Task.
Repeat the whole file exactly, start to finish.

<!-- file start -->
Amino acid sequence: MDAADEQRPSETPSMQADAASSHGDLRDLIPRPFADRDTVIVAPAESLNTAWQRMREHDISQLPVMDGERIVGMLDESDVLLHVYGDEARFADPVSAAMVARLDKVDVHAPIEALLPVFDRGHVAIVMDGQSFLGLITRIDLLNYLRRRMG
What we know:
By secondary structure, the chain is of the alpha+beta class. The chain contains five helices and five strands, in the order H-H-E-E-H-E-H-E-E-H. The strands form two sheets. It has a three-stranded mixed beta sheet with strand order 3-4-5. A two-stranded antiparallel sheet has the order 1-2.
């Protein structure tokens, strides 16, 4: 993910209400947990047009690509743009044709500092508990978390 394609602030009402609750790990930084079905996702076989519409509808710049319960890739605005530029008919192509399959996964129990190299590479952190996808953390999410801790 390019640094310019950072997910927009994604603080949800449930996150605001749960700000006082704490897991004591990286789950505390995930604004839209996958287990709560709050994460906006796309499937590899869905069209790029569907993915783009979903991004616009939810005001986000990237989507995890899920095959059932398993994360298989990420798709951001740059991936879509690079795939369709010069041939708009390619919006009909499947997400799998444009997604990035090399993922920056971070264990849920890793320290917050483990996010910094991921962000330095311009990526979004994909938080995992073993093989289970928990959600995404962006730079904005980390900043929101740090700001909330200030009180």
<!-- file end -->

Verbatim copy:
Amino acid sequence: MDAADEQRPSETPSMQADAASSHGDLRDLIPRPFADRDTVIVAPAESLNTAWQRMREHDISQLPVMDGERIVGMLDESDVLLHVYGDEARFADPVSAAMVARLDKVDVHAPIEALLPVFDRGHVAIVMDGQSFLGLITRIDLLNYLRRRMG
What we know:
By secondary structure, the chain is of the alpha+beta class. The chain contains five helices and five strands, in the order H-H-E-E-H-E-H-E-E-H. The strands form two sheets. It has a three-stranded mixed beta sheet with strand order 3-4-5. A two-stranded antiparallel sheet has the order 1-2.
């Protein structure tokens, strides 16, 4: 993910209400947990047009690509743009044709500092508990978390 394609602030009402609750790990930084079905996702076989519409509808710049319960890739605005530029008919192509399959996964129990190299590479952190996808953390999410801790 390019640094310019950072997910927009994604603080949800449930996150605001749960700000006082704490897991004591990286789950505390995930604004839209996958287990709560709050994460906006796309499937590899869905069209790029569907993915783009979903991004616009939810005001986000990237989507995890899920095959059932398993994360298989990420798709951001740059991936879509690079795939369709010069041939708009390619919006009909499947997400799998444009997604990035090399993922920056971070264990849920890793320290917050483990996010910094991921962000330095311009990526979004994909938080995992073993093989289970928990959600995404962006730079904005980390900043929101740090700001909330200030009180």